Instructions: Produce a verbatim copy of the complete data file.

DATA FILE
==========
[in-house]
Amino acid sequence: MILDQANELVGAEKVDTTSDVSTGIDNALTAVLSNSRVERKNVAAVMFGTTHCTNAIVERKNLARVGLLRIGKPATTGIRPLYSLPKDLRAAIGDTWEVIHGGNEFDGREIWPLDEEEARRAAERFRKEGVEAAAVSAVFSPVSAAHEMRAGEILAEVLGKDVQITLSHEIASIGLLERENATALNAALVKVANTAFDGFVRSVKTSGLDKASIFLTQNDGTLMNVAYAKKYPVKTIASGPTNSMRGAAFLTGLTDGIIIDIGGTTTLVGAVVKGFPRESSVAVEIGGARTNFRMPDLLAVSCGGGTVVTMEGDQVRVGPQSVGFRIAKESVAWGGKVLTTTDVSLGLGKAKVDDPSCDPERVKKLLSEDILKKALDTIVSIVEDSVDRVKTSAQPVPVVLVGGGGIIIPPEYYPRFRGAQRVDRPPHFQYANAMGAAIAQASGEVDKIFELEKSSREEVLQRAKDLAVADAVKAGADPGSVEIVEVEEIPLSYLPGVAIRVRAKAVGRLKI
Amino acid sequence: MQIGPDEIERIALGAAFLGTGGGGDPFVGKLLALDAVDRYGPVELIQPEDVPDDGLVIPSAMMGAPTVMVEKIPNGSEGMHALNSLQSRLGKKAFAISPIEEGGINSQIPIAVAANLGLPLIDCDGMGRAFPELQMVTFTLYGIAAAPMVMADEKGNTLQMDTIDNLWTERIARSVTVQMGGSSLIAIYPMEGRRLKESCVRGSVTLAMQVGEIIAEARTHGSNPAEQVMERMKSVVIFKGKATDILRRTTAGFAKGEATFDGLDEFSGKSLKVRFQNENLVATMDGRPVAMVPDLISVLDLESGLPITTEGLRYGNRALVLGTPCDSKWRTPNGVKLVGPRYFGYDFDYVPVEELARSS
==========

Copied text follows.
[in-house]
Amino acid sequence: MILDQANELVGAEKVDTTSDVSTGIDNALTAVLSNSRVERKNVAAVMFGTTHCTNAIVERKNLARVGLLRIGKPATTGIRPLYSLPKDLRAAIGDTWEVIHGGNEFDGREIWPLDEEEARRAAERFRKEGVEAAAVSAVFSPVSAAHEMRAGEILAEVLGKDVQITLSHEIASIGLLERENATALNAALVKVANTAFDGFVRSVKTSGLDKASIFLTQNDGTLMNVAYAKKYPVKTIASGPTNSMRGAAFLTGLTDGIIIDIGGTTTLVGAVVKGFPRESSVAVEIGGARTNFRMPDLLAVSCGGGTVVTMEGDQVRVGPQSVGFRIAKESVAWGGKVLTTTDVSLGLGKAKVDDPSCDPERVKKLLSEDILKKALDTIVSIVEDSVDRVKTSAQPVPVVLVGGGGIIIPPEYYPRFRGAQRVDRPPHFQYANAMGAAIAQASGEVDKIFELEKSSREEVLQRAKDLAVADAVKAGADPGSVEIVEVEEIPLSYLPGVAIRVRAKAVGRLKI
Amino acid sequence: MQIGPDEIERIALGAAFLGTGGGGDPFVGKLLALDAVDRYGPVELIQPEDVPDDGLVIPSAMMGAPTVMVEKIPNGSEGMHALNSLQSRLGKKAFAISPIEEGGINSQIPIAVAANLGLPLIDCDGMGRAFPELQMVTFTLYGIAAAPMVMADEKGNTLQMDTIDNLWTERIARSVTVQMGGSSLIAIYPMEGRRLKESCVRGSVTLAMQVGEIIAEARTHGSNPAEQVMERMKSVVIFKGKATDILRRTTAGFAKGEATFDGLDEFSGKSLKVRFQNENLVATMDGRPVAMVPDLISVLDLESGLPITTEGLRYGNRALVLGTPCDSKWRTPNGVKLVGPRYFGYDFDYVPVEELARSS